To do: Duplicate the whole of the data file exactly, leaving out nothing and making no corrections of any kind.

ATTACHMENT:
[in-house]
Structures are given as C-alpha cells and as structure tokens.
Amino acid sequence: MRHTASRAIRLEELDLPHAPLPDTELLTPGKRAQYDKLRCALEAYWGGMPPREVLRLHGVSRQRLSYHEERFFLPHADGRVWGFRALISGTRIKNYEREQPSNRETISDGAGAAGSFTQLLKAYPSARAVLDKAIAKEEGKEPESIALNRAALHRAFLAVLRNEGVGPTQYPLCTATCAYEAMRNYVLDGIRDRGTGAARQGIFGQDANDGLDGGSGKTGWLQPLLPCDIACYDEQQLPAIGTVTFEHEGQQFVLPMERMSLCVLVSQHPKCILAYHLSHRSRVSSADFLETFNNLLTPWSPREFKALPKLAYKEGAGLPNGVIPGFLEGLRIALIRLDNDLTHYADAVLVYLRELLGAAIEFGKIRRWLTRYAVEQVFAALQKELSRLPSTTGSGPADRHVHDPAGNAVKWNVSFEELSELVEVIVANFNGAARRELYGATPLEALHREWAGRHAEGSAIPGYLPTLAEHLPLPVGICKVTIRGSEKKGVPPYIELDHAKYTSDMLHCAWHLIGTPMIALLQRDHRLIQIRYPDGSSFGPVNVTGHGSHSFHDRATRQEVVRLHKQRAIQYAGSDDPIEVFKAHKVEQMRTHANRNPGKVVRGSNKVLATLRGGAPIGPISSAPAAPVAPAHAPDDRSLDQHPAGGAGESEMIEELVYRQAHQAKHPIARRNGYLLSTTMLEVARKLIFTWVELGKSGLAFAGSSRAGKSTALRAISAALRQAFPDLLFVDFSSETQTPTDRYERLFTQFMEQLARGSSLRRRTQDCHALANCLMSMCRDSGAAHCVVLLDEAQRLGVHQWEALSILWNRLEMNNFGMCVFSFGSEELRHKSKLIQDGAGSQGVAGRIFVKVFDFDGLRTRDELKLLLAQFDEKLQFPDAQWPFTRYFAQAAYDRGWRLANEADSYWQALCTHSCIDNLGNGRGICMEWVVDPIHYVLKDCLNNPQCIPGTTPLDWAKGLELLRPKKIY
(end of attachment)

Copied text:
[in-house]
Structures are given as C-alpha cells and as structure tokens.
Amino acid sequence: MRHTASRAIRLEELDLPHAPLPDTELLTPGKRAQYDKLRCALEAYWGGMPPREVLRLHGVSRQRLSYHEERFFLPHADGRVWGFRALISGTRIKNYEREQPSNRETISDGAGAAGSFTQLLKAYPSARAVLDKAIAKEEGKEPESIALNRAALHRAFLAVLRNEGVGPTQYPLCTATCAYEAMRNYVLDGIRDRGTGAARQGIFGQDANDGLDGGSGKTGWLQPLLPCDIACYDEQQLPAIGTVTFEHEGQQFVLPMERMSLCVLVSQHPKCILAYHLSHRSRVSSADFLETFNNLLTPWSPREFKALPKLAYKEGAGLPNGVIPGFLEGLRIALIRLDNDLTHYADAVLVYLRELLGAAIEFGKIRRWLTRYAVEQVFAALQKELSRLPSTTGSGPADRHVHDPAGNAVKWNVSFEELSELVEVIVANFNGAARRELYGATPLEALHREWAGRHAEGSAIPGYLPTLAEHLPLPVGICKVTIRGSEKKGVPPYIELDHAKYTSDMLHCAWHLIGTPMIALLQRDHRLIQIRYPDGSSFGPVNVTGHGSHSFHDRATRQEVVRLHKQRAIQYAGSDDPIEVFKAHKVEQMRTHANRNPGKVVRGSNKVLATLRGGAPIGPISSAPAAPVAPAHAPDDRSLDQHPAGGAGESEMIEELVYRQAHQAKHPIARRNGYLLSTTMLEVARKLIFTWVELGKSGLAFAGSSRAGKSTALRAISAALRQAFPDLLFVDFSSETQTPTDRYERLFTQFMEQLARGSSLRRRTQDCHALANCLMSMCRDSGAAHCVVLLDEAQRLGVHQWEALSILWNRLEMNNFGMCVFSFGSEELRHKSKLIQDGAGSQGVAGRIFVKVFDFDGLRTRDELKLLLAQFDEKLQFPDAQWPFTRYFAQAAYDRGWRLANEADSYWQALCTHSCIDNLGNGRGICMEWVVDPIHYVLKDCLNNPQCIPGTTPLDWAKGLELLRPKKIY